MARC HANDELMAN: SCENES FROM THE NEW MIASMA
Landscape might be seen more profitably as something like the â€śdreamworkâ€ť of imperialism, unfolding itâ€™s own movement in time and space from a central point of origin and folding back on itselfâ€¦
Marc Selwyn Fine Art is pleased to announce Scenes From the New Miasma, the debut Los Angeles solo exhibition of New York based painter Marc Handelman.
Marc Handelmanâ€™s paintings explore the intersection of power, propaganda, national identity, fascism, beauty, and kitsch through subjective fantasies inspired by the rhetorical and visual legacy of nineteenth century American Landscape painting.
Marc Handelman constructs paintings that seek to dismantle, reify and complicate the seductive relationship between beauty and the moral delusion so often embedded in aestheticizing processes. Drawing from sordid discourses and histories both real and imagined and within a shifting visual framework at once representational, symbolic, and abstract, Handelmanâ€™s paintings conflate spaces that both stabilize and disrupt a comfortable recognition and relationship to his subjects.
Light is a reoccurring motif and subject in his work. From the blinding and annihilating atmosphere of 19th century Luminist canvases and Albert Speerâ€™s (the Nazi architectâ€™s) Cathedral of Light to its contemporary manifestation at Ground Zero and use within military intelligence operations and advertising, light functions as the entry and vanishing point of the viewing subject. Read the entire article hereSource:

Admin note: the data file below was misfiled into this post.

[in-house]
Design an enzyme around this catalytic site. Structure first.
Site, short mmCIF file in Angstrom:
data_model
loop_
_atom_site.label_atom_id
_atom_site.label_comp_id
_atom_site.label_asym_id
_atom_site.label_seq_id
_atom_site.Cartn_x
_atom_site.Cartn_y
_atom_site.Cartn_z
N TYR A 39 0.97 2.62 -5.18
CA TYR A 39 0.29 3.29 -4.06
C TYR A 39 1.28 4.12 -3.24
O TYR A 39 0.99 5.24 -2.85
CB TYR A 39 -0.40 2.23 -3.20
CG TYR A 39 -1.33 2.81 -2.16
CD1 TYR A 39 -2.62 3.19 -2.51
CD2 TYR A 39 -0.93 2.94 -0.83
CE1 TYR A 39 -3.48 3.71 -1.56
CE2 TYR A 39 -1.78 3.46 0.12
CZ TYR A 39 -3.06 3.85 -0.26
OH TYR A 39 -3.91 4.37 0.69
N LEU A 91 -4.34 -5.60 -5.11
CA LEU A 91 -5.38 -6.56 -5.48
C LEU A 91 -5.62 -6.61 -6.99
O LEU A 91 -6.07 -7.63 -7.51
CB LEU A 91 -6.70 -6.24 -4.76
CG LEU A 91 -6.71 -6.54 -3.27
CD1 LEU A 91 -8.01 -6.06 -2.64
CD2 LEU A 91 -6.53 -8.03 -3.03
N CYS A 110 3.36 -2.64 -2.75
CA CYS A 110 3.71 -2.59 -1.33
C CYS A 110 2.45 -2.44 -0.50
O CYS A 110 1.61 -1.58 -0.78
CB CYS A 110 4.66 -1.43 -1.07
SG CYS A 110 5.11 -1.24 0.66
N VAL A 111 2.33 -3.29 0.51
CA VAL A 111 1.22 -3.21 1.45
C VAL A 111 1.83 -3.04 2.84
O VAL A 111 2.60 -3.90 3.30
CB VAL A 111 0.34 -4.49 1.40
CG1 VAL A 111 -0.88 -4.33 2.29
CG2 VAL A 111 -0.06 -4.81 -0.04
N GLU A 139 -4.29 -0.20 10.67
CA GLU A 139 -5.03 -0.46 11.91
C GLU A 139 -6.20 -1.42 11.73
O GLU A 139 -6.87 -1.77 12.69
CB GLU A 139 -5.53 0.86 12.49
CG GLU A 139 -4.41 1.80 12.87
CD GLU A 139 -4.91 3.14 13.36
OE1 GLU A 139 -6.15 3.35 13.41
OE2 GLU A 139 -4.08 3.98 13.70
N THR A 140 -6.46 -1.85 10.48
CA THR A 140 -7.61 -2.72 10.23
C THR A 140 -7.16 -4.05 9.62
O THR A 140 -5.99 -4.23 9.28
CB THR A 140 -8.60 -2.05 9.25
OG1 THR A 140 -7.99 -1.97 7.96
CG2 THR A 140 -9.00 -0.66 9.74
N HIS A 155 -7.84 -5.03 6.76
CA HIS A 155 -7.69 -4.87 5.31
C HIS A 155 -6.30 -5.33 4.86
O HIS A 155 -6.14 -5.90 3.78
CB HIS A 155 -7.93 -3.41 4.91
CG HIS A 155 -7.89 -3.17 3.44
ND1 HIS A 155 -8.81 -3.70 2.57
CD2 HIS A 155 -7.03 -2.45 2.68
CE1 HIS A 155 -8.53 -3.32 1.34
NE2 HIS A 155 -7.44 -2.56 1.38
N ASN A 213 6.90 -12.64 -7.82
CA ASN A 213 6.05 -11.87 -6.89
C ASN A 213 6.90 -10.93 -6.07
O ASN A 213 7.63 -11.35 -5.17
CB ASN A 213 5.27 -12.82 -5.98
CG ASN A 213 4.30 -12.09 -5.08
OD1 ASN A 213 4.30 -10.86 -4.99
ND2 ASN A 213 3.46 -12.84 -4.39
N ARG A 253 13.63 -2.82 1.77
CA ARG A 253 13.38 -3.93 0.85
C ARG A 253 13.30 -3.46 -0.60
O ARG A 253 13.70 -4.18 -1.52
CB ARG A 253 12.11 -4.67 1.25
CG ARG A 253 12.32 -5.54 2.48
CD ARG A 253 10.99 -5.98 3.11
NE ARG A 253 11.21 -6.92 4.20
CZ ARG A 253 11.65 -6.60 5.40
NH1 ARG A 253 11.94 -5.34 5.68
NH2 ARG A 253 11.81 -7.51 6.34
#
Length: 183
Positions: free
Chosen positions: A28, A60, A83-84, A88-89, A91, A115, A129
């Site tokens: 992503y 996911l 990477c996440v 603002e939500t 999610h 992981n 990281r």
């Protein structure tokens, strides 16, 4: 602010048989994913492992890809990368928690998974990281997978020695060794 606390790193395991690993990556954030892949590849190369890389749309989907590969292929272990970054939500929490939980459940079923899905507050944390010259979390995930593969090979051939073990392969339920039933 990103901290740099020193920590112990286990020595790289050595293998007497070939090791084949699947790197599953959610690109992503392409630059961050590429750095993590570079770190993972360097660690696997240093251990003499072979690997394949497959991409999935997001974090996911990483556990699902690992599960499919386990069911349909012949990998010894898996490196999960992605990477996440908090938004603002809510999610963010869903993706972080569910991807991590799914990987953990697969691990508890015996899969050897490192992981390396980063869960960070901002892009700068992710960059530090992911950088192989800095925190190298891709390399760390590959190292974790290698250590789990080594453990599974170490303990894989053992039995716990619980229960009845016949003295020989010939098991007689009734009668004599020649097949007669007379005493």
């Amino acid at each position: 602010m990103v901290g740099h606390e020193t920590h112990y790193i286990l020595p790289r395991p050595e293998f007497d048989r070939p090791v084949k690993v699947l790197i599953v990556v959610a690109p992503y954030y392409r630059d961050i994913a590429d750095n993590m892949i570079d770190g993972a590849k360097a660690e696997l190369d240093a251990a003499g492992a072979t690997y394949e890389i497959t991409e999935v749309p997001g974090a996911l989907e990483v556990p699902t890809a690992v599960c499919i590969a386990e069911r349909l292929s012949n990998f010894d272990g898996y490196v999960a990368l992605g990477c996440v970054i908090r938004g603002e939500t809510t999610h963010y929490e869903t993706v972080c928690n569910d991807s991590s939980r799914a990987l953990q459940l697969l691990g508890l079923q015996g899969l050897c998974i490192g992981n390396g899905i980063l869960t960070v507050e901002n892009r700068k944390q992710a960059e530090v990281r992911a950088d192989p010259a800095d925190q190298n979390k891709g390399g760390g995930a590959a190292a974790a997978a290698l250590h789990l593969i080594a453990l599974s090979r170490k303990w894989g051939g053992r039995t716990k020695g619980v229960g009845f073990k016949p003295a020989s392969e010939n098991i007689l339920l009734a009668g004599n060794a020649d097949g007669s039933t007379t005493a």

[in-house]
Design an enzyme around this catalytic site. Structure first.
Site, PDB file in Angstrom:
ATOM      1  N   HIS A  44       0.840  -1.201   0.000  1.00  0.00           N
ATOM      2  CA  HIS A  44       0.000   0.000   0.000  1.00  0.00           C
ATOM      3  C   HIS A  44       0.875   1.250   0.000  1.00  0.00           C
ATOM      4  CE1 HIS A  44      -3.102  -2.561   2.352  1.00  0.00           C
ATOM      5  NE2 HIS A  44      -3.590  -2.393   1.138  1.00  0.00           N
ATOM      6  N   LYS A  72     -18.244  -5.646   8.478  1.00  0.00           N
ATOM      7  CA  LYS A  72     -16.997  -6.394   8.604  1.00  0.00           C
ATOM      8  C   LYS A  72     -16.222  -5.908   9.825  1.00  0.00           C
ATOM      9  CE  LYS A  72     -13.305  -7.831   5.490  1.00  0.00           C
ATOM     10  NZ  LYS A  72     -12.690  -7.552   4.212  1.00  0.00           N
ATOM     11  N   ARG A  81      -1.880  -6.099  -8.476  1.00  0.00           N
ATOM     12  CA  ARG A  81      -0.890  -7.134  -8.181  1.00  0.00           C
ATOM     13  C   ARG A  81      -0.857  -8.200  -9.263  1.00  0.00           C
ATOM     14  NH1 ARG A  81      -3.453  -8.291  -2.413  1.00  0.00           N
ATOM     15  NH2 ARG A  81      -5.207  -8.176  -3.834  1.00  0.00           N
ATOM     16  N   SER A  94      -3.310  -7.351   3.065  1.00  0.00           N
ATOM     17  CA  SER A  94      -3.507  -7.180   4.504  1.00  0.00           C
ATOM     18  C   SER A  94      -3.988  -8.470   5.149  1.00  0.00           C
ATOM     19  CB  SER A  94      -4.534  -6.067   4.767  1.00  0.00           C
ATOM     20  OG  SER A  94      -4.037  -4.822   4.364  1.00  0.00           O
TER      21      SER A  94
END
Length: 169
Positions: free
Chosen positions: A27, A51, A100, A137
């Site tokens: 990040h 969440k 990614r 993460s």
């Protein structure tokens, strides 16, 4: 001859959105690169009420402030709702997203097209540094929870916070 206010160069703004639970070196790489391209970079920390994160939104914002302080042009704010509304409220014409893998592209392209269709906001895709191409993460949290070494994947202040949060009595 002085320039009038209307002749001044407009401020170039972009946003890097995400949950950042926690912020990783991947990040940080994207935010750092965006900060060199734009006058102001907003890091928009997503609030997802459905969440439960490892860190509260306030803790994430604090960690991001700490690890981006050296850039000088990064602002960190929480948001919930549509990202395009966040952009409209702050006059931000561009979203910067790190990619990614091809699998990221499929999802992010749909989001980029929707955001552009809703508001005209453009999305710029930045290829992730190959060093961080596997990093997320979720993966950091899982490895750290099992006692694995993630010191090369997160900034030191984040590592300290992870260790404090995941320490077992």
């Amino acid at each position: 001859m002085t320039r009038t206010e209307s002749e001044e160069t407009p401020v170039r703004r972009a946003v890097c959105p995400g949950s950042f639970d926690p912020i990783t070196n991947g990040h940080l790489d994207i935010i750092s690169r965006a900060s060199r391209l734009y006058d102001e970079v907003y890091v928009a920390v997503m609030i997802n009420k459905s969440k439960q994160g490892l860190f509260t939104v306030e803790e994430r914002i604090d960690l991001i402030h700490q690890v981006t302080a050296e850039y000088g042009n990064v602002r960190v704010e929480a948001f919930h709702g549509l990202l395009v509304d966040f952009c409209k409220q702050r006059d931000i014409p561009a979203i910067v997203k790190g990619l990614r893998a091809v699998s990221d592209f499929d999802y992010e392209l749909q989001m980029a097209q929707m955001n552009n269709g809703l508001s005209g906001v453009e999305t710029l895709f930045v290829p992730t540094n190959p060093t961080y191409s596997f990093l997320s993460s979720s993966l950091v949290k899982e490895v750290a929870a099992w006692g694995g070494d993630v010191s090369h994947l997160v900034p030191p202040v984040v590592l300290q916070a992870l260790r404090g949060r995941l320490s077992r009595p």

Landscapes Focused and Idealized
Marc Handelman makes careful use of technique and materials to explore â€śnatureâ€ťBy Carie Moyer
Marc Handelman is a tricky painter. â€śWarm White Blizzard,â€ť his current solo debut at Lombard-Freid Fine Arts, consists primarily of landscape paintings, each rendered with a kind of swoony technical bravura and revelry in the possibilities of materials.
â€śHypothetical,â€ť the first painting that one encounters upon entering the gallery, is a large-scale pastoral scene that sets up the contextual framework for the entire exhibition. The end of a road empties out into a shallow glen where the viewer is overwhelmed by a palpable yet impenetrable white light. The lush, manicured implications of the landscape suggest a golf course or a wealthy gated-community rather than a scene of untrammeled nature. The sparkle of fantasy is heightened by a collection of delicious scratched, scraped and flicked brushstrokes that could come directly from a Bob Ross â€śJoy of Paintingâ€ť video. Read the entire article hereSource: